Authors: Langguth B

PMID: 26261868 DOI: 10.1097/MOO.0000000000000185


Purpose of review: Tinnitus, the perception of sound in the absence of a corresponding external acoustic stimulus, is a highly prevalent and frequently severely impairing disorder with worldwide impact. In this article after a short overview about epidemiology and pathophysiology the currently available treatment options will be discussed with specific consideration of the available evidence, their mechanisms of action and their limitations.

Recent findings: During the last decades, advances in neuroimaging methods and the development of animal models have contributed to an increasing understanding of the neuronal correlates of tinnitus and have motivated the development of innovative brain-based treatment approaches for directly targeting the neuronal correlates of tinnitus. A further important development has been the insight that there exist different forms of tinnitus that differ in their pathophysiology and their response to specific treatments.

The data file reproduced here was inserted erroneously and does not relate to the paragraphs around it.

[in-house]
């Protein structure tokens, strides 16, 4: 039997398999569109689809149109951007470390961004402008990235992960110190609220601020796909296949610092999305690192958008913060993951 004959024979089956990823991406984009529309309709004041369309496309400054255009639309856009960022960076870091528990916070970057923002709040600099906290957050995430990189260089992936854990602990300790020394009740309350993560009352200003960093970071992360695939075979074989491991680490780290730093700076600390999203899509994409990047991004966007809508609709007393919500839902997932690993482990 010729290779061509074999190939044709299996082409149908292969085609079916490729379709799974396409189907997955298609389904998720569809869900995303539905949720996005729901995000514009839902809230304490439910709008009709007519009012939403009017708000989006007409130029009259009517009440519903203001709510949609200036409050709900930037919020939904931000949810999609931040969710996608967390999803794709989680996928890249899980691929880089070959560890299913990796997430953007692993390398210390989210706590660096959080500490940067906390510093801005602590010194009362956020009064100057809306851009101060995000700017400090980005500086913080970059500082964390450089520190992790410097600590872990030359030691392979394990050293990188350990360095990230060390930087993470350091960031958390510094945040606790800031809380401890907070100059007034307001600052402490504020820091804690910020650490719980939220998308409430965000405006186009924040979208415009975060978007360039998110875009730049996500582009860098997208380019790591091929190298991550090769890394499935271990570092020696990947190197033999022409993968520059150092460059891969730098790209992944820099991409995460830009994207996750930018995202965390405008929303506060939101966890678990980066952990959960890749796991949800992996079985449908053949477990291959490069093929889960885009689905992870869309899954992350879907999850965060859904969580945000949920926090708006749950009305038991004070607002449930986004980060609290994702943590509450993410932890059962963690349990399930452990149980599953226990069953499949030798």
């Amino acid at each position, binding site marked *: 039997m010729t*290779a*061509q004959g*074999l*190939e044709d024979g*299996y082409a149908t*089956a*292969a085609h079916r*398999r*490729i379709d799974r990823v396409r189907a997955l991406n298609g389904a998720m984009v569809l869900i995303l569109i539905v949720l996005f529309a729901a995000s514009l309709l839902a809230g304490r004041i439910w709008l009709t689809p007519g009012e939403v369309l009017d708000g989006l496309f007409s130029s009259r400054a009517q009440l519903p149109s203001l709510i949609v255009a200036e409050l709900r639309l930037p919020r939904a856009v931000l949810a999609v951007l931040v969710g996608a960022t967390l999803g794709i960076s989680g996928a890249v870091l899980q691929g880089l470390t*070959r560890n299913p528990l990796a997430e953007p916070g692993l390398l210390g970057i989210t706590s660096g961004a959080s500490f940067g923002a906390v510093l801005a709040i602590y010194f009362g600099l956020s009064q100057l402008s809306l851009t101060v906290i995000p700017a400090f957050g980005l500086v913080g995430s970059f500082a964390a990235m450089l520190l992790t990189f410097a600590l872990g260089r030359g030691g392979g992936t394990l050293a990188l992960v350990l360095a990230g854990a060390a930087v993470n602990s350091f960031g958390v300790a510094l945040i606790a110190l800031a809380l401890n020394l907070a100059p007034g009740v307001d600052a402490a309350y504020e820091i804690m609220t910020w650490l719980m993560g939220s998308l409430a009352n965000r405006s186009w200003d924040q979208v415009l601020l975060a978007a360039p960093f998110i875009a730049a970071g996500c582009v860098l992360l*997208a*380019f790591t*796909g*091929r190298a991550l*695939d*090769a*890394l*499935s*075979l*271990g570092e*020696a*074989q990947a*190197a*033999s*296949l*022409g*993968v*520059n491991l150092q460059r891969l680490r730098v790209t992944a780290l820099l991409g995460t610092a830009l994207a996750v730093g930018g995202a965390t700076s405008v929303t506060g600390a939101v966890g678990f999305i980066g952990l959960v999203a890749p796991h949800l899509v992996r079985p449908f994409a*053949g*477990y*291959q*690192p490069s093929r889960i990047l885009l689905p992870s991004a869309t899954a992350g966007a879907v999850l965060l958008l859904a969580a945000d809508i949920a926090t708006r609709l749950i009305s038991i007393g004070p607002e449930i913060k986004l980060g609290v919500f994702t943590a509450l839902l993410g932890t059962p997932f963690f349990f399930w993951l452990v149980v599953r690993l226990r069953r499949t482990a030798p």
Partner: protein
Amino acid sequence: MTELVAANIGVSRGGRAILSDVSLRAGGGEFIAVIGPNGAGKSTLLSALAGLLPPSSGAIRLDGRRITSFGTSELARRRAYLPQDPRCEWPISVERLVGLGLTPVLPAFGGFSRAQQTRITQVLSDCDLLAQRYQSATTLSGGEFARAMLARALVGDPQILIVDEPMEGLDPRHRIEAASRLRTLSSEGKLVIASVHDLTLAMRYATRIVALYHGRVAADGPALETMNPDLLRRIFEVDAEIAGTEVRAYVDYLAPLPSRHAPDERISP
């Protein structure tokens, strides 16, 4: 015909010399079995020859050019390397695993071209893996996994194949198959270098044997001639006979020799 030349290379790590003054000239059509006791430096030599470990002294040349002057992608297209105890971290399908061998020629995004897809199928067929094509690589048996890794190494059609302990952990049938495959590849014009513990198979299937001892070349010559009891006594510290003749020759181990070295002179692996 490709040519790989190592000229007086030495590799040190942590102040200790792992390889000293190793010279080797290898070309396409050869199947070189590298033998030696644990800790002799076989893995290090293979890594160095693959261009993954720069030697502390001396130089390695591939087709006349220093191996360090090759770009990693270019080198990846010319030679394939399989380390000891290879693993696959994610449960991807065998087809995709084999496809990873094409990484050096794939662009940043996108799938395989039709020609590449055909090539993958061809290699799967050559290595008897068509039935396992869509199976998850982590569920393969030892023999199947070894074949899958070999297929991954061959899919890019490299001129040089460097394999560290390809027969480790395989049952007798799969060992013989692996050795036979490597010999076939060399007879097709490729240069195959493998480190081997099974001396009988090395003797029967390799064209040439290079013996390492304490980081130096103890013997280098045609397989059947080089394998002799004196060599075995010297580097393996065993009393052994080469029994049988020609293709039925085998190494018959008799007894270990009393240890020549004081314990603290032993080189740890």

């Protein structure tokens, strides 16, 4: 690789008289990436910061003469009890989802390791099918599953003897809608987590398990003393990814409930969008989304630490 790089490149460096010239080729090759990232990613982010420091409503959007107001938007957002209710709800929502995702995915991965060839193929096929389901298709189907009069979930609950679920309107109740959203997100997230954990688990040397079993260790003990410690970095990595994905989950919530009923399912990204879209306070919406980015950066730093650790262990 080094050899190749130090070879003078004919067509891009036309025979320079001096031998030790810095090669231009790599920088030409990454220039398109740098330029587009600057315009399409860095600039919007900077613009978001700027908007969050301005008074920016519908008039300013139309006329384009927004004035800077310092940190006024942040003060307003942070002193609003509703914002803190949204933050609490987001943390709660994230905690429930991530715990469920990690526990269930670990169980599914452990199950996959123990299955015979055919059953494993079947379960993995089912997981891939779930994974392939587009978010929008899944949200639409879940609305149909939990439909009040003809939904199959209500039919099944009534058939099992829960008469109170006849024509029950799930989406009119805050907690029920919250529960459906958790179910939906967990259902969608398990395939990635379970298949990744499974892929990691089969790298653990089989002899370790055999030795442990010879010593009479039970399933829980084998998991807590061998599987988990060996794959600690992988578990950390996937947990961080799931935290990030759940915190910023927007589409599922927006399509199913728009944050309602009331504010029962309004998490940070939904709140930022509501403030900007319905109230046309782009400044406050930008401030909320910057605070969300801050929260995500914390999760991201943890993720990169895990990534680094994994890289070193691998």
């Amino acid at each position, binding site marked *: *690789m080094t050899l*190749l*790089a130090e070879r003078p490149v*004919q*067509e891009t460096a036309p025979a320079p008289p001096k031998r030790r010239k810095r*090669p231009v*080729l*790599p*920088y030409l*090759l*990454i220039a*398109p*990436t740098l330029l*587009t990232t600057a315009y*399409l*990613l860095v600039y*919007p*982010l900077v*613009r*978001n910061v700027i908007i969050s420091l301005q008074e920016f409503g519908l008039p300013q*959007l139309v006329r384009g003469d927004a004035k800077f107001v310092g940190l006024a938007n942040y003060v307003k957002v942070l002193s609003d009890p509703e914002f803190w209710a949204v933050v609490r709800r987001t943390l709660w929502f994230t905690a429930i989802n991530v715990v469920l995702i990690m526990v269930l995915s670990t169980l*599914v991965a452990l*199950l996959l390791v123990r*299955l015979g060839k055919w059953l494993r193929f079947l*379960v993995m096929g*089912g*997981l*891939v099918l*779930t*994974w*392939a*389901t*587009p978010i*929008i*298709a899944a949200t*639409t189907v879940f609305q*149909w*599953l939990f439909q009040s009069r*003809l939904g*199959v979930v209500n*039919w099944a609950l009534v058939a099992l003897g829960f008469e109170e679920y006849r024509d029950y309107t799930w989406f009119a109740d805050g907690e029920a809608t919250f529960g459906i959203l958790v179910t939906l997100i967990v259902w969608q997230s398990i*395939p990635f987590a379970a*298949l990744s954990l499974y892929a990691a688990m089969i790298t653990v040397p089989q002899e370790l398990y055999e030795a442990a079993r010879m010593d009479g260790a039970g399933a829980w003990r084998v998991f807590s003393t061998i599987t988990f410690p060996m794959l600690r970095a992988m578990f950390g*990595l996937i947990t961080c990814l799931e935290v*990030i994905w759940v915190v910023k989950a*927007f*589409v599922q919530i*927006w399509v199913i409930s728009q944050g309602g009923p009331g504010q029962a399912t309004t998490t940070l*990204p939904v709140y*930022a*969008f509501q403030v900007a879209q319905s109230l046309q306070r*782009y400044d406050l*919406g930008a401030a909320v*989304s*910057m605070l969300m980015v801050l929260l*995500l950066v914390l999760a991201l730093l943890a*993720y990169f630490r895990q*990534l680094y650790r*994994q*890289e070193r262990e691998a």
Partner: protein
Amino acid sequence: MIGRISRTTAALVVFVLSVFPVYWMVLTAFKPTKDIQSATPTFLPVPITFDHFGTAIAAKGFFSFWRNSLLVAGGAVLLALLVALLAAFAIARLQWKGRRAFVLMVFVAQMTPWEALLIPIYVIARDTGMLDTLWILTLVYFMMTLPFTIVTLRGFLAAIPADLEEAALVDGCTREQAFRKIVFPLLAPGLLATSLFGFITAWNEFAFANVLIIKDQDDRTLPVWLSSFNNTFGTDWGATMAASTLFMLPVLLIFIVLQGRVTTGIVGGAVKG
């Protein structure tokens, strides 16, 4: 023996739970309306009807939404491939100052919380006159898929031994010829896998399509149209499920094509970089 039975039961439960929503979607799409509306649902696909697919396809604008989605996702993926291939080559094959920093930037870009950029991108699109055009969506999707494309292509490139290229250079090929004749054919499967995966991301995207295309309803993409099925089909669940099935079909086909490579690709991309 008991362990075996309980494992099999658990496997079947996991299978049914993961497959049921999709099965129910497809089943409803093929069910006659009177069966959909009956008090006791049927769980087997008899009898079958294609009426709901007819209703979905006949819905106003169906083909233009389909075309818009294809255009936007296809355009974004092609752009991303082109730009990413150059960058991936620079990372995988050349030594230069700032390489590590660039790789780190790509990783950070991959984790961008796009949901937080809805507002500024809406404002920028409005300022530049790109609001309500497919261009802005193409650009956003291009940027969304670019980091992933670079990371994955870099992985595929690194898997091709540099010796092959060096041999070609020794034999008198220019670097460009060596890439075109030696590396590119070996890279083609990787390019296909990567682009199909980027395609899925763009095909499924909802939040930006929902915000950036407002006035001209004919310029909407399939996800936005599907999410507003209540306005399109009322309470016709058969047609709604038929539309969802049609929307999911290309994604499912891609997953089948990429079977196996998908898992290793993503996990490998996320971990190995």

Summary: Treatment of tinnitus should be based on a comprehensive diagnosis of etiologic and concomitant aspects of an individual’s tinnitus. Already today a large variety of therapeutic interventions are available, which can efficiently reduce tinnitus severity. Several innovative treatment approaches are currently under development.

Keywords: tinnitus, epidemiology, pathophysiology

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